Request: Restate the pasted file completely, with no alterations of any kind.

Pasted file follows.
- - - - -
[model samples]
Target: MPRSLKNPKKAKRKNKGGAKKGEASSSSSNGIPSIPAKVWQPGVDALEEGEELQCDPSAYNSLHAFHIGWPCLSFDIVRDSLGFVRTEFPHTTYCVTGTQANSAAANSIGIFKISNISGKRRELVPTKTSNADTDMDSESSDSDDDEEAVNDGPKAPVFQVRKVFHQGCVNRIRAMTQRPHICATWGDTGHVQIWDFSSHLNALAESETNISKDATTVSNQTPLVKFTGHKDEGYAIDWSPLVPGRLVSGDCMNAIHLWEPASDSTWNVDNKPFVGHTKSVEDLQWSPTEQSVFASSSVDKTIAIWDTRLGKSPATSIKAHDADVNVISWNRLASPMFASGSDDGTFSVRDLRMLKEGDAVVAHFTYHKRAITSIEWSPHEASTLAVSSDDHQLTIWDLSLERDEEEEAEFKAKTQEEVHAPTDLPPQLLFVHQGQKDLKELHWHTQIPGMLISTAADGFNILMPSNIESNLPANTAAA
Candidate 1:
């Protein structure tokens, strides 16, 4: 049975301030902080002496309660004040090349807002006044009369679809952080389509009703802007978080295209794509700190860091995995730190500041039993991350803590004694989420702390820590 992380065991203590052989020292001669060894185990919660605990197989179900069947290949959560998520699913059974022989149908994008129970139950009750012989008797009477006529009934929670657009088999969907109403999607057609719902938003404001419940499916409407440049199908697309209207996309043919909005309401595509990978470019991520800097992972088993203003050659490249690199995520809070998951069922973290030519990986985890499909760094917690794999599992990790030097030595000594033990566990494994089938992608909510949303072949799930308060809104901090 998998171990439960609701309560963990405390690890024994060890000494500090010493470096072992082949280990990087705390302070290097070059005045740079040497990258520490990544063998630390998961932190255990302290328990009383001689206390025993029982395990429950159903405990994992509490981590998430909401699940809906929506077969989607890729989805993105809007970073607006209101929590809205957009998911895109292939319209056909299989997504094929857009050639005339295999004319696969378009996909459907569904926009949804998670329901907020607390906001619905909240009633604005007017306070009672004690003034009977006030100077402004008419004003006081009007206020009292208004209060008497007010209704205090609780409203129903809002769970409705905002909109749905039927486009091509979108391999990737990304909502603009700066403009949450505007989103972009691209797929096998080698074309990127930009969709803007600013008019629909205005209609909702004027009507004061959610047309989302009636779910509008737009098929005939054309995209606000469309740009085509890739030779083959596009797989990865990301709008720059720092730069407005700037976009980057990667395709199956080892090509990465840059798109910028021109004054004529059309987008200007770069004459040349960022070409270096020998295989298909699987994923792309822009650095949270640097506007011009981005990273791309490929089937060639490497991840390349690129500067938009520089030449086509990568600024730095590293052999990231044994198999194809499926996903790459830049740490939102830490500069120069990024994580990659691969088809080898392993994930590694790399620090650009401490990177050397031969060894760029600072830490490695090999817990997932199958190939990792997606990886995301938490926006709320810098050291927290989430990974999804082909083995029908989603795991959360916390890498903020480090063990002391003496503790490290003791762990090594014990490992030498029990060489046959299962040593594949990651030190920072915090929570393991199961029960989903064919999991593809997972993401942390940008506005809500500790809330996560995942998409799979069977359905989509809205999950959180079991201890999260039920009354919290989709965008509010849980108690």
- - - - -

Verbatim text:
[model samples]
Target: MPRSLKNPKKAKRKNKGGAKKGEASSSSSNGIPSIPAKVWQPGVDALEEGEELQCDPSAYNSLHAFHIGWPCLSFDIVRDSLGFVRTEFPHTTYCVTGTQANSAAANSIGIFKISNISGKRRELVPTKTSNADTDMDSESSDSDDDEEAVNDGPKAPVFQVRKVFHQGCVNRIRAMTQRPHICATWGDTGHVQIWDFSSHLNALAESETNISKDATTVSNQTPLVKFTGHKDEGYAIDWSPLVPGRLVSGDCMNAIHLWEPASDSTWNVDNKPFVGHTKSVEDLQWSPTEQSVFASSSVDKTIAIWDTRLGKSPATSIKAHDADVNVISWNRLASPMFASGSDDGTFSVRDLRMLKEGDAVVAHFTYHKRAITSIEWSPHEASTLAVSSDDHQLTIWDLSLERDEEEEAEFKAKTQEEVHAPTDLPPQLLFVHQGQKDLKELHWHTQIPGMLISTAADGFNILMPSNIESNLPANTAAA
Candidate 1:
């Protein structure tokens, strides 16, 4: 049975301030902080002496309660004040090349807002006044009369679809952080389509009703802007978080295209794509700190860091995995730190500041039993991350803590004694989420702390820590 992380065991203590052989020292001669060894185990919660605990197989179900069947290949959560998520699913059974022989149908994008129970139950009750012989008797009477006529009934929670657009088999969907109403999607057609719902938003404001419940499916409407440049199908697309209207996309043919909005309401595509990978470019991520800097992972088993203003050659490249690199995520809070998951069922973290030519990986985890499909760094917690794999599992990790030097030595000594033990566990494994089938992608909510949303072949799930308060809104901090 998998171990439960609701309560963990405390690890024994060890000494500090010493470096072992082949280990990087705390302070290097070059005045740079040497990258520490990544063998630390998961932190255990302290328990009383001689206390025993029982395990429950159903405990994992509490981590998430909401699940809906929506077969989607890729989805993105809007970073607006209101929590809205957009998911895109292939319209056909299989997504094929857009050639005339295999004319696969378009996909459907569904926009949804998670329901907020607390906001619905909240009633604005007017306070009672004690003034009977006030100077402004008419004003006081009007206020009292208004209060008497007010209704205090609780409203129903809002769970409705905002909109749905039927486009091509979108391999990737990304909502603009700066403009949450505007989103972009691209797929096998080698074309990127930009969709803007600013008019629909205005209609909702004027009507004061959610047309989302009636779910509008737009098929005939054309995209606000469309740009085509890739030779083959596009797989990865990301709008720059720092730069407005700037976009980057990667395709199956080892090509990465840059798109910028021109004054004529059309987008200007770069004459040349960022070409270096020998295989298909699987994923792309822009650095949270640097506007011009981005990273791309490929089937060639490497991840390349690129500067938009520089030449086509990568600024730095590293052999990231044994198999194809499926996903790459830049740490939102830490500069120069990024994580990659691969088809080898392993994930590694790399620090650009401490990177050397031969060894760029600072830490490695090999817990997932199958190939990792997606990886995301938490926006709320810098050291927290989430990974999804082909083995029908989603795991959360916390890498903020480090063990002391003496503790490290003791762990090594014990490992030498029990060489046959299962040593594949990651030190920072915090929570393991199961029960989903064919999991593809997972993401942390940008506005809500500790809330996560995942998409799979069977359905989509809205999950959180079991201890999260039920009354919290989709965008509010849980108690």